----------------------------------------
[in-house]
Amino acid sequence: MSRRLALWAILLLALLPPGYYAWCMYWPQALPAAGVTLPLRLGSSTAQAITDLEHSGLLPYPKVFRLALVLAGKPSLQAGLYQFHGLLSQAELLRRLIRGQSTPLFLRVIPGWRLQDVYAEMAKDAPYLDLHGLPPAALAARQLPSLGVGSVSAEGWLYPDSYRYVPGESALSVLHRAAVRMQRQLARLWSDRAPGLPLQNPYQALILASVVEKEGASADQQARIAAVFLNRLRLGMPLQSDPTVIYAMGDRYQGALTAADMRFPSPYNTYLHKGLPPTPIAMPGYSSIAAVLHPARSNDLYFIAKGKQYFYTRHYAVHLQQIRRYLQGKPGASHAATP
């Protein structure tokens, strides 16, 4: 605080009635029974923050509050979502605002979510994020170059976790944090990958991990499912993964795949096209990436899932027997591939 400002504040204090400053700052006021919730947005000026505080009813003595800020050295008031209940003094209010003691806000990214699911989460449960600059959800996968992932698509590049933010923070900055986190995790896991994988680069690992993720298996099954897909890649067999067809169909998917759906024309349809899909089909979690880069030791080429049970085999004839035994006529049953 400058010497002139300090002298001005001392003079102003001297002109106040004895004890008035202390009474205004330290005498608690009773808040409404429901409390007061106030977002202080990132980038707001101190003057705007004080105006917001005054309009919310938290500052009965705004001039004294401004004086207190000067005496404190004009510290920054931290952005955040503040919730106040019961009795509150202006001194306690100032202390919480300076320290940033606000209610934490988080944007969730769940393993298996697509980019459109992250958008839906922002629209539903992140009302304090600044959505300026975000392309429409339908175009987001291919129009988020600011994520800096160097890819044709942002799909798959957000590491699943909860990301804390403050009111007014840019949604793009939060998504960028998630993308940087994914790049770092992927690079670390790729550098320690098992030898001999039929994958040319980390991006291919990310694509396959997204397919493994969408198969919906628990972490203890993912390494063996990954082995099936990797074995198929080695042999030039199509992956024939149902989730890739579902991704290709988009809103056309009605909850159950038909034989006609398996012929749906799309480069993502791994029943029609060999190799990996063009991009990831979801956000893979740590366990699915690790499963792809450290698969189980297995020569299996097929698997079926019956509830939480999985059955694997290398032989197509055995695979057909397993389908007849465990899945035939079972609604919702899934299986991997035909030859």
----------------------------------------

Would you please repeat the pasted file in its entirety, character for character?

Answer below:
[in-house]
Amino acid sequence: MSRRLALWAILLLALLPPGYYAWCMYWPQALPAAGVTLPLRLGSSTAQAITDLEHSGLLPYPKVFRLALVLAGKPSLQAGLYQFHGLLSQAELLRRLIRGQSTPLFLRVIPGWRLQDVYAEMAKDAPYLDLHGLPPAALAARQLPSLGVGSVSAEGWLYPDSYRYVPGESALSVLHRAAVRMQRQLARLWSDRAPGLPLQNPYQALILASVVEKEGASADQQARIAAVFLNRLRLGMPLQSDPTVIYAMGDRYQGALTAADMRFPSPYNTYLHKGLPPTPIAMPGYSSIAAVLHPARSNDLYFIAKGKQYFYTRHYAVHLQQIRRYLQGKPGASHAATP
């Protein structure tokens, strides 16, 4: 605080009635029974923050509050979502605002979510994020170059976790944090990958991990499912993964795949096209990436899932027997591939 400002504040204090400053700052006021919730947005000026505080009813003595800020050295008031209940003094209010003691806000990214699911989460449960600059959800996968992932698509590049933010923070900055986190995790896991994988680069690992993720298996099954897909890649067999067809169909998917759906024309349809899909089909979690880069030791080429049970085999004839035994006529049953 400058010497002139300090002298001005001392003079102003001297002109106040004895004890008035202390009474205004330290005498608690009773808040409404429901409390007061106030977002202080990132980038707001101190003057705007004080105006917001005054309009919310938290500052009965705004001039004294401004004086207190000067005496404190004009510290920054931290952005955040503040919730106040019961009795509150202006001194306690100032202390919480300076320290940033606000209610934490988080944007969730769940393993298996697509980019459109992250958008839906922002629209539903992140009302304090600044959505300026975000392309429409339908175009987001291919129009988020600011994520800096160097890819044709942002799909798959957000590491699943909860990301804390403050009111007014840019949604793009939060998504960028998630993308940087994914790049770092992927690079670390790729550098320690098992030898001999039929994958040319980390991006291919990310694509396959997204397919493994969408198969919906628990972490203890993912390494063996990954082995099936990797074995198929080695042999030039199509992956024939149902989730890739579902991704290709988009809103056309009605909850159950038909034989006609398996012929749906799309480069993502791994029943029609060999190799990996063009991009990831979801956000893979740590366990699915690790499963792809450290698969189980297995020569299996097929698997079926019956509830939480999985059955694997290398032989197509055995695979057909397993389908007849465990899945035939079972609604919702899934299986991997035909030859």